Policymakers hoping to find meaningful offsets to fund disaster aid will have look at: 1) Where there's a lot of money, 2) where the spending is unjustifiable, and 3) where the politics and public opinion are conducive to allowing cuts, since there are very few areas in which that's true.
The bottom line: responsible adult cannabis users should no longer have to hide any more than responsible alcohol users do.
After more than four decades of a failed war on drugs, calls for a change in strategy are growing louder by the day. In Latin America, the debate is positively deafening.
As bad as drugs can be, Drug Warriors are worse. They raise the stakes of the drug fight, incentivize the drug gangs and push them to greater heights of violence. When a solution becomes worse than the problem it is time to abolish the solution.
Ever since I decided to research the mechanics of our prison system, I have been somewhat stuck.
The very term Rockefeller Drug Laws has practically become a euphemism for unfair, racially biased mandatory prison sentences and drug-war related mass incarceration.
Condemning people to pain and illness while they wait for a trial isn't justice, it is cruelty. And it must stop.
In 1973, two years after President Nixon declared a "war on drugs," New York Governor Rockefeller passed the toughest drug laws in the nation, demanding mandatory sentences for drug law violations, while removing the judge's power to consider each case individually.
If prison isn't working, what will? How about asking this question: "If so many people are using drugs, what's wrong with reality?" Locking up drug users doesn't address this question.
Some think drug courts are the utopian answer to both drug use problems and over-incarceration. Drug courts are part of a kinder, gentler drug war. Mind your manners, pass clean urine screenings, and everyone wins. The reality is much different.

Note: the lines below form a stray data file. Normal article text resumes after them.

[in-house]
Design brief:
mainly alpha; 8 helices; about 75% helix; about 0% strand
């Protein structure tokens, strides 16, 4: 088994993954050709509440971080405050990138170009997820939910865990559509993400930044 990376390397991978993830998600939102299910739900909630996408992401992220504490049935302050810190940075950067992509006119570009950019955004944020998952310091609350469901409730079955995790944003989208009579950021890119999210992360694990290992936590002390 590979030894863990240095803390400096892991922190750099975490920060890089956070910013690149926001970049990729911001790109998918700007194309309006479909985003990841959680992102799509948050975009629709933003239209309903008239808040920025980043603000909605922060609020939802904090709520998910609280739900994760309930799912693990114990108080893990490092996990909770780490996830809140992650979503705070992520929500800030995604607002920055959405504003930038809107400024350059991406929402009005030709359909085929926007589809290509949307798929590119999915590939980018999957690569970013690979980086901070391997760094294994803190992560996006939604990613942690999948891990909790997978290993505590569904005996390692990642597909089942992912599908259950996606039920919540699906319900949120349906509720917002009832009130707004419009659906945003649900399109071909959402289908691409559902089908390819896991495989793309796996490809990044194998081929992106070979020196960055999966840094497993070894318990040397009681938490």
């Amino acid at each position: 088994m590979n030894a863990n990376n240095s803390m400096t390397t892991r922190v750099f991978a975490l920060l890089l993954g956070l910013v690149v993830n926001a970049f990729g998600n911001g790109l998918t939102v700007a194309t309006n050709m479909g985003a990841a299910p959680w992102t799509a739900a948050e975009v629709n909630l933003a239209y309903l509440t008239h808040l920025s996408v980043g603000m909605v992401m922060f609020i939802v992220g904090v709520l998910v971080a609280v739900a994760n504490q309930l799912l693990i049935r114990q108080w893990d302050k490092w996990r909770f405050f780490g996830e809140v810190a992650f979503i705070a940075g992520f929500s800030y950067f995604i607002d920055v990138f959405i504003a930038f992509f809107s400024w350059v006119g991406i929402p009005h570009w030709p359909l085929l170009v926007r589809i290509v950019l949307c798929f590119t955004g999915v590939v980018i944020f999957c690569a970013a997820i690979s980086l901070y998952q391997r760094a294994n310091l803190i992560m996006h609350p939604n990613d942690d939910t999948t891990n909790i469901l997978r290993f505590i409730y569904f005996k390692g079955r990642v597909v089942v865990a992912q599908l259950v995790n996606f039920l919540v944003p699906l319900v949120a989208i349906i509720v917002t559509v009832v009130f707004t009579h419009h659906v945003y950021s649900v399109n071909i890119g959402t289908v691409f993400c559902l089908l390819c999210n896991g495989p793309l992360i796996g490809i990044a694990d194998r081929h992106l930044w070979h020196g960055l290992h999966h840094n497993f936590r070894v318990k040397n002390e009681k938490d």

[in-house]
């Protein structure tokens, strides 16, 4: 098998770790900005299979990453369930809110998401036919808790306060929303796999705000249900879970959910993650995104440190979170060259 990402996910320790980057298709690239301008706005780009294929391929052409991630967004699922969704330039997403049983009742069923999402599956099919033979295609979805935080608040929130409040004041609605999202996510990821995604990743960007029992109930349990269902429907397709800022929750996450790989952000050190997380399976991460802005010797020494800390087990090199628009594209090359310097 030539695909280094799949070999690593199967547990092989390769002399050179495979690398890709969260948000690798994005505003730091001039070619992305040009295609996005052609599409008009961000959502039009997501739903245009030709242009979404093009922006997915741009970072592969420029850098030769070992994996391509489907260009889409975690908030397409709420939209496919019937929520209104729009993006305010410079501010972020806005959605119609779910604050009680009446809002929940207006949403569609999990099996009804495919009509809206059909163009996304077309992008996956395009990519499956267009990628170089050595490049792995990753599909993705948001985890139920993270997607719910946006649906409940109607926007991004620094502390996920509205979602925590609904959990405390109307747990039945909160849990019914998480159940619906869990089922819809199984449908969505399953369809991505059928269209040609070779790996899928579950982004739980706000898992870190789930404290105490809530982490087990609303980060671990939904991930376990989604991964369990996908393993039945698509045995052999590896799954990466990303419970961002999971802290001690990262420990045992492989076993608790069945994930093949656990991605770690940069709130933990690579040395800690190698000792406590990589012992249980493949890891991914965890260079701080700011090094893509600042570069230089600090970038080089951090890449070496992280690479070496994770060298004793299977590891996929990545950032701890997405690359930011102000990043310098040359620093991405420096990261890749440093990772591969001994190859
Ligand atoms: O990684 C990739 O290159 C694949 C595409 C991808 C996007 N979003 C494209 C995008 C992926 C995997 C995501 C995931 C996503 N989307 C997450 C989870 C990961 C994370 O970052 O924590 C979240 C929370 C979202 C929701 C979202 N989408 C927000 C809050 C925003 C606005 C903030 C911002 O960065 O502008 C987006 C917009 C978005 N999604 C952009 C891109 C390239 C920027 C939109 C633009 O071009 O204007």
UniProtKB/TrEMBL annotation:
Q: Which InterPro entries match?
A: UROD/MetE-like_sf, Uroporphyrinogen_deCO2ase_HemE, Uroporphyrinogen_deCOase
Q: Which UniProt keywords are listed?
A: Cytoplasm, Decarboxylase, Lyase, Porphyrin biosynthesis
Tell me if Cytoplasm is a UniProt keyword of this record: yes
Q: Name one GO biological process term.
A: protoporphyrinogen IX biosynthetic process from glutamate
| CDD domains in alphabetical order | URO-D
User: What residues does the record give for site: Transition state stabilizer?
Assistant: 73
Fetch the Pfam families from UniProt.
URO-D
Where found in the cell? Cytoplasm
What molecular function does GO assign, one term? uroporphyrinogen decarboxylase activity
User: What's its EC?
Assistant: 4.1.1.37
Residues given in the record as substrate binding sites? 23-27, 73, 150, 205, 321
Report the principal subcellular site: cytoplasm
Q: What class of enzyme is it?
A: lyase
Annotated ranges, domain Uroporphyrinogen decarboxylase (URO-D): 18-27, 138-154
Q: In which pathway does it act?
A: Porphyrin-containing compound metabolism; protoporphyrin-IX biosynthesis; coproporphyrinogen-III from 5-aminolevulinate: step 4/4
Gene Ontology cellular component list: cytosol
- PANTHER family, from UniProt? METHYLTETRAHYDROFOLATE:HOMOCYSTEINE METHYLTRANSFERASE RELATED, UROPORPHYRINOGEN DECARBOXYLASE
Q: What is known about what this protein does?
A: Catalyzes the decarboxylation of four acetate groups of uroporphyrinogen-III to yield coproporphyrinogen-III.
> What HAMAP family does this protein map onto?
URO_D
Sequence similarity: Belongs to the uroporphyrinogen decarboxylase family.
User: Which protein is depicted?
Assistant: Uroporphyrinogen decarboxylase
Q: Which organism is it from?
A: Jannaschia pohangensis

Washington has more than a "shared responsibility" in the mayhem that afflicts Mexico and Central America. President Obama should not only discuss drug violence in Mexico and Central America, but also listen to alternatives to the war in drugs such as that of President Pérez Molina.
President Obama made a joke about his marijuana use at last week's White House Correspondents' Dinner. It was just one joke, and it was actually pretty funny, but let's consider the context.
Many people who want substance abuse treatment can't get it. The White House wants to fix this. Can they do it, and will it help?
Good drug policy is good AIDS policy. Drug users and sex workers benefit more from services than from beatings and prison. And as law enforcement officials committed to protecting the public, we can support public health.
What possible point does it make to threaten a local sheriff or even a state attorney general with 20 years in prison for writing and implementing sane regulations for medical marijuana?
Today we are releasing a science-driven plan for drug policy reform in America to build upon this progress. This 21st century drug policy outlines a series of evidence-based reforms that treat our nation's drug problem as a public health issue, not just a criminal justice issue.